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September 19, 2021

How’s your record-keeping?

Well-organized financial records will save you time and money
not only in accounting fees, but also in taxes. You need a system
that will help you retain important paperwork and minimize the
clutter.
Well-organized financial records will save you time and money not only in accounting fees, but also in taxes. You need a system that will help you retain important paperwork and minimize the clutter. Here are some basic guidelines.

Tax records – You should keep tax records for at least as long as it is possible for the IRS or other tax authority to audit your return. Generally, the IRS has three years after the return is due or filed, whichever is later, to examine your return and assess additional tax. This is called the “statute of limitations.” If you’ve made a major error on your return (defined as omitting more than 25 percent of your gross income), the IRS has six years to examine your return. To be on the safe side, keep your tax records for seven years after a tax return is filed. There is no statute of limitation for fraudulent filing or for returns that are not filed at all.

The IRS does not require that you keep your records in any particular way. The only requirement is that you keep your records in a manner that allows you and the IRS to determine your correct tax liability. Keep checks, receipts, and other records that document the income and deductions you reported on your tax return. Copies of tax returns themselves should be retained permanently.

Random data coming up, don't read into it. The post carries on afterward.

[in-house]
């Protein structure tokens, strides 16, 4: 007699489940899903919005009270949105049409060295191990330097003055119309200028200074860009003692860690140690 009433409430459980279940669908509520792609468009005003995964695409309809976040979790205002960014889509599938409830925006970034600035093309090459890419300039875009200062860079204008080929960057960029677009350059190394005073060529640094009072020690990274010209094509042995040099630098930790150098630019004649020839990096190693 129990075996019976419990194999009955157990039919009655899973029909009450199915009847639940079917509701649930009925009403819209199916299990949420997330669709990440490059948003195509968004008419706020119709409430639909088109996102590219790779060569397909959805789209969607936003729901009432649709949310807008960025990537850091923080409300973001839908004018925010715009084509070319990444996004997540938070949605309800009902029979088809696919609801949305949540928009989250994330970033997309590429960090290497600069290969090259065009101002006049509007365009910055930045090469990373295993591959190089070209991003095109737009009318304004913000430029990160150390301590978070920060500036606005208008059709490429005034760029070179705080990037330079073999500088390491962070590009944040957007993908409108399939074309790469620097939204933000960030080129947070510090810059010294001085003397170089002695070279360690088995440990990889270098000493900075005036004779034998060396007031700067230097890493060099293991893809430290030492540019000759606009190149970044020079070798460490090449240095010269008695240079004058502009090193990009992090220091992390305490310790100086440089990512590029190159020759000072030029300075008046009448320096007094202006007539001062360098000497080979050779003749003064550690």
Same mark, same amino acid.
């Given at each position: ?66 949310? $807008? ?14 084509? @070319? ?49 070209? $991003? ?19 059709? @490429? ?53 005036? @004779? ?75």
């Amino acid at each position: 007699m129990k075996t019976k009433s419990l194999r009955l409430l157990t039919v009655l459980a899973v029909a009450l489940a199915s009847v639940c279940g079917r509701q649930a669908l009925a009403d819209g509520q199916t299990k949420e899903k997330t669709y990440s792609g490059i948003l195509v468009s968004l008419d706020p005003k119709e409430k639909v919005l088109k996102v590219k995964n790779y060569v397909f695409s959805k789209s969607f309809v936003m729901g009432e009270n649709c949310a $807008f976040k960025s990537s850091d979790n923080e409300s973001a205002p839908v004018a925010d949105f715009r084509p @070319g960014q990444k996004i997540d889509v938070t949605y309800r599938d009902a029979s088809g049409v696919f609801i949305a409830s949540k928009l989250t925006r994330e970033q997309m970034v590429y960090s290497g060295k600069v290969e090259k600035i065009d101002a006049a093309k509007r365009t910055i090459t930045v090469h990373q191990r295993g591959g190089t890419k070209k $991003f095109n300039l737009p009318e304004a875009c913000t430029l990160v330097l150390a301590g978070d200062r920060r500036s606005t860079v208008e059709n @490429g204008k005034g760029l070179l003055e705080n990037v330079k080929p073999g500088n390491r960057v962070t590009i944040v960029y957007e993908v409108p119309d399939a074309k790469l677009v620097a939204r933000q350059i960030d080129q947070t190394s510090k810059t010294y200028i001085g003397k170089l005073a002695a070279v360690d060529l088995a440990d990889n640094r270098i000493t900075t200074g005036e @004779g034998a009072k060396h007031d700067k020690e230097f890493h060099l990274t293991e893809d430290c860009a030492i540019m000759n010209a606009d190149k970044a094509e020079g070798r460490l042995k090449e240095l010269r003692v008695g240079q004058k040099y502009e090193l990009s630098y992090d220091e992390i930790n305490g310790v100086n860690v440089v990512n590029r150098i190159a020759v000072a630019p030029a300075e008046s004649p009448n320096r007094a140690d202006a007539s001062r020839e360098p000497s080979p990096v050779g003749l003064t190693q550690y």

Investment records – Investment records generally should be kept until the investment is totally liquidated, plus a period of seven years. You can usually toss monthly or quarterly investment statements if you receive a comprehensive annual statement.

Other records – Important records, including vehicle titles, wills, trust documents, insurance policies, contracts, and birth and marriage certificates, should be kept in a safe place. An inventory of your valuable property, along with photographs or a video, should be made and kept current in the event your house is robbed, damaged, or destroyed.

Before you discard documents, review them for their importance. Call us if you have questions about retaining records.

Bob Bianchi is a CPA and partner with the accounting and business consulting firm of Bianchi, Lorincz & Co. in downtown Hollister and in Morgan Hill.

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